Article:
Veterans Support In Chautauqua County


JAMESTOWN, NY (WNY News Now) – Veterans were able to meet with multiple care and service providers in Chautauqua County Wednesday, learning what options are available. 

We spoke to Cindy Reidy with Chautauqua County DWYER, a peer to peer veterans assistance program, who tells us that Veterans can find multiple services locally.

“Chautauqua County has a abundance of wonderful agencies to help when somebody needs something,“ explained Reidy. “And not always because there’s a problem, but we just have a lot of really great services in our area, so we have a coffee hour on Monday morning and I always invite providers to come and share, because we average around 50 Vets come every Monday morning. It’s a great place to come and tell what you have available in the community.”       





We also heard from Chautauqua County Veterans who swear by the DWYER program.

“There are many Veteran services that are available,“ stated Don Armstrong, a Chautauqua County Veteran. “A lot of Veterans don’t take advantage of these services. The DWYER group is one of the groups, and the Veterans Services, all you have to do is look. If you contact the County they’ll help you, and if you just ask anybody about DWYER they can help you get into the services you need.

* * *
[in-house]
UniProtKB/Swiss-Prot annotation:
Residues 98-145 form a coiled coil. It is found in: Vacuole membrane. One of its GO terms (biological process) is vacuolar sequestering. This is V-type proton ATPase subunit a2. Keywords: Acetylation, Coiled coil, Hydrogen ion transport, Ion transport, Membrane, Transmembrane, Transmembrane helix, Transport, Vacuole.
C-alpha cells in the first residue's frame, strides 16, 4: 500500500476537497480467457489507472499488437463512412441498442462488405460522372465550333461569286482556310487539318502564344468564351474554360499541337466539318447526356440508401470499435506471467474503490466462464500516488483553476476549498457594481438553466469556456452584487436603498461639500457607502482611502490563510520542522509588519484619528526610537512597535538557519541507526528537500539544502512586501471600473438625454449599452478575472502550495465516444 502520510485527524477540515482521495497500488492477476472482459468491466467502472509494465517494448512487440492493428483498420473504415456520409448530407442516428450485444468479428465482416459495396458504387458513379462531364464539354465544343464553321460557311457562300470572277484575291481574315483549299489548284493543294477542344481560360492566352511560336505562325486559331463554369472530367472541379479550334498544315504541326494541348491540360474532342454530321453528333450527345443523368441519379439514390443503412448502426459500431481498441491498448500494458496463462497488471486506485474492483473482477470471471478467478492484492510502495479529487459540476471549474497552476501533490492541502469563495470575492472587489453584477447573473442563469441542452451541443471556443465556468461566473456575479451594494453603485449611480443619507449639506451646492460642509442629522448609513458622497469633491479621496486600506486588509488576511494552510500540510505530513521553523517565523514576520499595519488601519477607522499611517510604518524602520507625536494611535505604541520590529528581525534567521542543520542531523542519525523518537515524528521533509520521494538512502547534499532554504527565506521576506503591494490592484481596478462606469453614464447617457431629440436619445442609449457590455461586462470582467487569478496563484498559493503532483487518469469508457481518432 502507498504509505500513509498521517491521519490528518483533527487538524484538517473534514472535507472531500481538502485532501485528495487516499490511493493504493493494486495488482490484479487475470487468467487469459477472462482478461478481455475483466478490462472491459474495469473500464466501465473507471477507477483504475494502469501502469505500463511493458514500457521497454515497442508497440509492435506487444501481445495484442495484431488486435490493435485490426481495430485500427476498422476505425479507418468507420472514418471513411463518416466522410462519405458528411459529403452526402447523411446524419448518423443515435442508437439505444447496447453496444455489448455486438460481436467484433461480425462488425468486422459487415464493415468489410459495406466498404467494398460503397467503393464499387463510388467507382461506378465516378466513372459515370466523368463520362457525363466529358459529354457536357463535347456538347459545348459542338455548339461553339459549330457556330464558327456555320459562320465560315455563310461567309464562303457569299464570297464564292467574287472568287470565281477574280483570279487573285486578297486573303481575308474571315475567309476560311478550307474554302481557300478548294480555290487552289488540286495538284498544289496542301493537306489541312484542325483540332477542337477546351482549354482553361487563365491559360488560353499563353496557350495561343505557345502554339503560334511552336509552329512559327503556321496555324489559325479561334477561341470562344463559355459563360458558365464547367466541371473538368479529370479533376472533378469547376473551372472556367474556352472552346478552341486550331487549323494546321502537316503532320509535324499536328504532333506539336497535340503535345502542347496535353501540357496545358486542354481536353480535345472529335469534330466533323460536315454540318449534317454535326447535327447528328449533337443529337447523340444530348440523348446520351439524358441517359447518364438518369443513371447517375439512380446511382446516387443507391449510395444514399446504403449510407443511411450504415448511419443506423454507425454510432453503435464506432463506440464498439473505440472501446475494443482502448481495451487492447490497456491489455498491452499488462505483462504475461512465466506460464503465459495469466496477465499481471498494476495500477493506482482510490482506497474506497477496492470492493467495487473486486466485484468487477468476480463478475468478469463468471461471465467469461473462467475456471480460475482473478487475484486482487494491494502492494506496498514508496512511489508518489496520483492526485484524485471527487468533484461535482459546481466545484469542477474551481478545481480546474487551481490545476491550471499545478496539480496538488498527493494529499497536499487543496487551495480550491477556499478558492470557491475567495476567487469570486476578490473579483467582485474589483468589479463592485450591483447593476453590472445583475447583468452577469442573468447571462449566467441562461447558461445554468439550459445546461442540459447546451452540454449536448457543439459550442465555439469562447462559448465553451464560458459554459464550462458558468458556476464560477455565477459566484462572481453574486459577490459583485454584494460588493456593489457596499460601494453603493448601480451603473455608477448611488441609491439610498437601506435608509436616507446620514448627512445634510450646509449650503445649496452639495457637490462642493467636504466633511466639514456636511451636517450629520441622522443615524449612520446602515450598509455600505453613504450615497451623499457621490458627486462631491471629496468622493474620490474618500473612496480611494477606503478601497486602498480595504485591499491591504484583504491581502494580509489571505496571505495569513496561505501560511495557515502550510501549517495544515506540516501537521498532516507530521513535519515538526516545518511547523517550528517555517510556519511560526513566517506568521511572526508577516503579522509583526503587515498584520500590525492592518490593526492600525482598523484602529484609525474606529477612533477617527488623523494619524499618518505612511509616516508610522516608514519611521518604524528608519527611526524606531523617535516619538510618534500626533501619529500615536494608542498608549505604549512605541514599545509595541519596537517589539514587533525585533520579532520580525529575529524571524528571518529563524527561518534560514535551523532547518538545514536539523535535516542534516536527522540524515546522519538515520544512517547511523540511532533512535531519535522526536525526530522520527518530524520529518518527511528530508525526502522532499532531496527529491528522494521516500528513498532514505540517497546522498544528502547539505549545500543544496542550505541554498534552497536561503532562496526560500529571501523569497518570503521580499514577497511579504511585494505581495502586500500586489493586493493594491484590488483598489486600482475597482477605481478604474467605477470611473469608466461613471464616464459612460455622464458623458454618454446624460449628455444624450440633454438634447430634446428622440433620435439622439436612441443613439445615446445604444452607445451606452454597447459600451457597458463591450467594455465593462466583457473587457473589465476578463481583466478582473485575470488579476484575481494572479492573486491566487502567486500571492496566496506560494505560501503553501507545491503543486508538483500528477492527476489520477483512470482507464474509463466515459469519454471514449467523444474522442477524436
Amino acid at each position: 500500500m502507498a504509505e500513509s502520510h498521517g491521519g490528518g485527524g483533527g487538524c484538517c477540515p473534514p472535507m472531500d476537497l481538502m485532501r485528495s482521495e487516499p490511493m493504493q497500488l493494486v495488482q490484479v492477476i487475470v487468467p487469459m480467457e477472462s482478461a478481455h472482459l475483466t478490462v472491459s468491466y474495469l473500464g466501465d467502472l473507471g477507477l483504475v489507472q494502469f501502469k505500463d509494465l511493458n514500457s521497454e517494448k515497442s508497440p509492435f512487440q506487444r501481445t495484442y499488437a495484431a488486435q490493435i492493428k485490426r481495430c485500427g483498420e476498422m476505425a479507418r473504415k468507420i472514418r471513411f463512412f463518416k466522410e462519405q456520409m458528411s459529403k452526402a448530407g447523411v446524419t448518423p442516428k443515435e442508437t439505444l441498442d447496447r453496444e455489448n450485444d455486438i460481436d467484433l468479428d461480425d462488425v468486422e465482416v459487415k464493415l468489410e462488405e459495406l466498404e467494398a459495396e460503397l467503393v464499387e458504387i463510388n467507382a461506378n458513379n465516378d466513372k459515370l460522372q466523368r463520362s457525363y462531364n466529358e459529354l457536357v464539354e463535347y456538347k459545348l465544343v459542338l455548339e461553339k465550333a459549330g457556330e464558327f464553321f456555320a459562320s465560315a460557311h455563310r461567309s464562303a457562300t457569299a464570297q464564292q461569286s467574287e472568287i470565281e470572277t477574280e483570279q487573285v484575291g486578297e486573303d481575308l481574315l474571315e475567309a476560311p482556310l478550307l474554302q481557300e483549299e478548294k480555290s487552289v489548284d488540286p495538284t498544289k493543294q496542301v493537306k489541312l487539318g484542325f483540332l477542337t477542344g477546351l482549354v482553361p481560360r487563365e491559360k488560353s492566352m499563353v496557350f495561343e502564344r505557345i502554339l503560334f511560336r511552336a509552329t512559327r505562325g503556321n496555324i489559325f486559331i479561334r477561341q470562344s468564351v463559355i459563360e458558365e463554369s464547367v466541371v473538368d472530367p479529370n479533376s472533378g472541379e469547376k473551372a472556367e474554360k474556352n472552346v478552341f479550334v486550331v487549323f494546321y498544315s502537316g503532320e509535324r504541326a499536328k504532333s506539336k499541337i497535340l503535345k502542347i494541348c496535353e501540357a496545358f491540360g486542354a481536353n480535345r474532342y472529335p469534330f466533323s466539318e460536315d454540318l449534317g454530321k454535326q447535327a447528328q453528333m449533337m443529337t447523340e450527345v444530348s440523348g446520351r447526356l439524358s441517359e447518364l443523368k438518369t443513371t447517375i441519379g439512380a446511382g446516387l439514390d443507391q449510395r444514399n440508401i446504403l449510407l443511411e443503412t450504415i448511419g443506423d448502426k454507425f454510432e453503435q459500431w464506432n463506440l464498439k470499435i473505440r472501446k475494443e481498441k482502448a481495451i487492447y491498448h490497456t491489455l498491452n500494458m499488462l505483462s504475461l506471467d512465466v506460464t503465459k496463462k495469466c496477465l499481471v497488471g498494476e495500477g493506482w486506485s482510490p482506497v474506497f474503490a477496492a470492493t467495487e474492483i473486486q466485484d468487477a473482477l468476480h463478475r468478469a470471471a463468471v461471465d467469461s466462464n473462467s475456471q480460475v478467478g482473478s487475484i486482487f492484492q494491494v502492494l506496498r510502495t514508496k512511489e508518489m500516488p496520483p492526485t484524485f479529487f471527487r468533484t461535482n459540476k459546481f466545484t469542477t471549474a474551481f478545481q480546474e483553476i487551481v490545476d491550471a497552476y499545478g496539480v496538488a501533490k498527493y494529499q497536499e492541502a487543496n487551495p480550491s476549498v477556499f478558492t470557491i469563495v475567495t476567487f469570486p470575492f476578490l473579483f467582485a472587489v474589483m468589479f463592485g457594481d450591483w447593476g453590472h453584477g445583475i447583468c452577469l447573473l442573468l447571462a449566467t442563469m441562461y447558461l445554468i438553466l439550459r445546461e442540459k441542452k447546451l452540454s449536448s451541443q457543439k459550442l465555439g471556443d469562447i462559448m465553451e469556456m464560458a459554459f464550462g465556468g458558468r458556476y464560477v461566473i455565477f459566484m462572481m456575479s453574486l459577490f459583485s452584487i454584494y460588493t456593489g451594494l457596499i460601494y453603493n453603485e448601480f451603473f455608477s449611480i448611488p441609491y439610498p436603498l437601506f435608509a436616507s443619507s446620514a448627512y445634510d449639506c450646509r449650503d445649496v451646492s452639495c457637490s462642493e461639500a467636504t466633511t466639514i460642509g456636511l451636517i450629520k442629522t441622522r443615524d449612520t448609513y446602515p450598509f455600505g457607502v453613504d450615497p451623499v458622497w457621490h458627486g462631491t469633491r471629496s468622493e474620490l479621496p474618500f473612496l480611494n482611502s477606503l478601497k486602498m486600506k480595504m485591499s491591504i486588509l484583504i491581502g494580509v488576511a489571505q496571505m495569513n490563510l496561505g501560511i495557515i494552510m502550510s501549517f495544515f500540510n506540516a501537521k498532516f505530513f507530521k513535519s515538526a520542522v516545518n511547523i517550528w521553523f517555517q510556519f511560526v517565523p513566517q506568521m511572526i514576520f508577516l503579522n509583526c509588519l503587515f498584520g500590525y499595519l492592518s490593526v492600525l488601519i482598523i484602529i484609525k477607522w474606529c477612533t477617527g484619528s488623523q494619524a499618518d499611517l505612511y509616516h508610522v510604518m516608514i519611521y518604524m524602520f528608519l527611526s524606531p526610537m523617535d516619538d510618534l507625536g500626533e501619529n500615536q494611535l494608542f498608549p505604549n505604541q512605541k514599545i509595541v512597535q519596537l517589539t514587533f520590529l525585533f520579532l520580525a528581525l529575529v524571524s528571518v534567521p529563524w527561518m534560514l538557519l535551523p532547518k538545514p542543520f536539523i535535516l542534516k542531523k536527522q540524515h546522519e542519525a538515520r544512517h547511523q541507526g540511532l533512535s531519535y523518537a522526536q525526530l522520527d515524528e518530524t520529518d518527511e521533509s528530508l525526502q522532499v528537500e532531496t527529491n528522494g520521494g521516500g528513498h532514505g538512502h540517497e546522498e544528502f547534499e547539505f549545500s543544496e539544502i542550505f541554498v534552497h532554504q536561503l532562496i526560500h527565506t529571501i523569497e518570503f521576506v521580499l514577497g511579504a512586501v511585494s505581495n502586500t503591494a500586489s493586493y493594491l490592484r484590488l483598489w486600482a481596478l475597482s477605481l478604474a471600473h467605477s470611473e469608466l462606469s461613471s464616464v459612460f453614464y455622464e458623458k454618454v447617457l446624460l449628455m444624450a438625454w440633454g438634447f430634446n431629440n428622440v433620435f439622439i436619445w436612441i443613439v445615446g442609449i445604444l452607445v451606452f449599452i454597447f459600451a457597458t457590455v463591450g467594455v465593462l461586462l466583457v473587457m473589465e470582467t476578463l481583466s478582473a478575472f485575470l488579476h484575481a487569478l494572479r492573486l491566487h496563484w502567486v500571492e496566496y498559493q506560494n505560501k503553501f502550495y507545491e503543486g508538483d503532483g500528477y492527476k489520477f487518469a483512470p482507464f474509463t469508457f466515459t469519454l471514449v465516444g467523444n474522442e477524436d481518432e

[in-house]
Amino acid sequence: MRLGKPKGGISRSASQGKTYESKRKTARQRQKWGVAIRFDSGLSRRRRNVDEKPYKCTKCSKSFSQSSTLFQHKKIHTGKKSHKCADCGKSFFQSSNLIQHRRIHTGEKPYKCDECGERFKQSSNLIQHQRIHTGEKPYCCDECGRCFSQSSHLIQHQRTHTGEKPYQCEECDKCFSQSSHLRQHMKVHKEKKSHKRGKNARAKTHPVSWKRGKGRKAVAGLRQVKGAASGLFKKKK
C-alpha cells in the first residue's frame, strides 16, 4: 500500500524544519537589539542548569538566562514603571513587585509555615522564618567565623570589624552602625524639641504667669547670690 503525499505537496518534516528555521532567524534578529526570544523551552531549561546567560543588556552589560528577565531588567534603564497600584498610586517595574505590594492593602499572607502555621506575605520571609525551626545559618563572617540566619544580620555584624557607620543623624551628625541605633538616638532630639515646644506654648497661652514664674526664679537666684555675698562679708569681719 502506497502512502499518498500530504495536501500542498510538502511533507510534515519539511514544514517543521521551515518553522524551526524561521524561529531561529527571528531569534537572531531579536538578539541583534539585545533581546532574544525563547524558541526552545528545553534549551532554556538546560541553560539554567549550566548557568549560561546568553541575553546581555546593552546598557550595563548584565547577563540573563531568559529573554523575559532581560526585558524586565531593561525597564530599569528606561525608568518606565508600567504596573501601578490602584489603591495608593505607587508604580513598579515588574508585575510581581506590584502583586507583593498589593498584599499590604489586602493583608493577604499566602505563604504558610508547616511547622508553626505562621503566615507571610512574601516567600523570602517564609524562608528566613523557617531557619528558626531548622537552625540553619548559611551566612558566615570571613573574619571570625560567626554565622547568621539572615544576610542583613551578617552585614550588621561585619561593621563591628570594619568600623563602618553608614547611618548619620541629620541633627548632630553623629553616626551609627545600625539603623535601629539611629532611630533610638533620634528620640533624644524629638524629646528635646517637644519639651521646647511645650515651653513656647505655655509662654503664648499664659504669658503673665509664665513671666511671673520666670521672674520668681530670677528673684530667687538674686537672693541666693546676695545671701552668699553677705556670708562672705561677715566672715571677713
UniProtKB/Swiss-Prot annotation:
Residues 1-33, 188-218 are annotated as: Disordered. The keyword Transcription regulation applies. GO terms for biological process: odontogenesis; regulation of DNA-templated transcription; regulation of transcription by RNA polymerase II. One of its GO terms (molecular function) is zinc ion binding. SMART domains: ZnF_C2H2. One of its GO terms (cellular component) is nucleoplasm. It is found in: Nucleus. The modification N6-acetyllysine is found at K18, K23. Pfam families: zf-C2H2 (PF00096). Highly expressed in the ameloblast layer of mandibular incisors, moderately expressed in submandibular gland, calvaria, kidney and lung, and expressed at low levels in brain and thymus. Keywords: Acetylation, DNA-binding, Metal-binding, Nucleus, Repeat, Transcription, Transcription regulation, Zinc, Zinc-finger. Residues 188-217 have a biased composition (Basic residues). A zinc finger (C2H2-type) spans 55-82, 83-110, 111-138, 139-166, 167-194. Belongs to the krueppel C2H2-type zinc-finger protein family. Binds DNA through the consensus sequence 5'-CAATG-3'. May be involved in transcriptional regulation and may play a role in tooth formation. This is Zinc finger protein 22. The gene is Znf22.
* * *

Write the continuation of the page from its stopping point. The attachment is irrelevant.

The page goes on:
One aspect of multiple Veterans’ lives is the toll of mental health. Here in Chautauqua County, the Director of Mental Hygiene and a Veteran himself, Carmelo Hernandez, says the Chautauqua County Department of Mental Hygiene is there to help.





















“When we look at wellness as a social worker as a therapist, we look at it from a mental health perspective but a realistic perspective, which is the entire person,“ explained Hernandez. And seeing an event like this, a lot of services that are available in the Veteran community, and I can’t complain because it’s for my generation the OIF OEF, but the one thing that we do as veterans as we know is that we don’t leave nobody behind. So it’s very important to treat every Veteran.”       

In the end, service providers want to inform all local veterans that there is a place to be heard, and help is out there.

 









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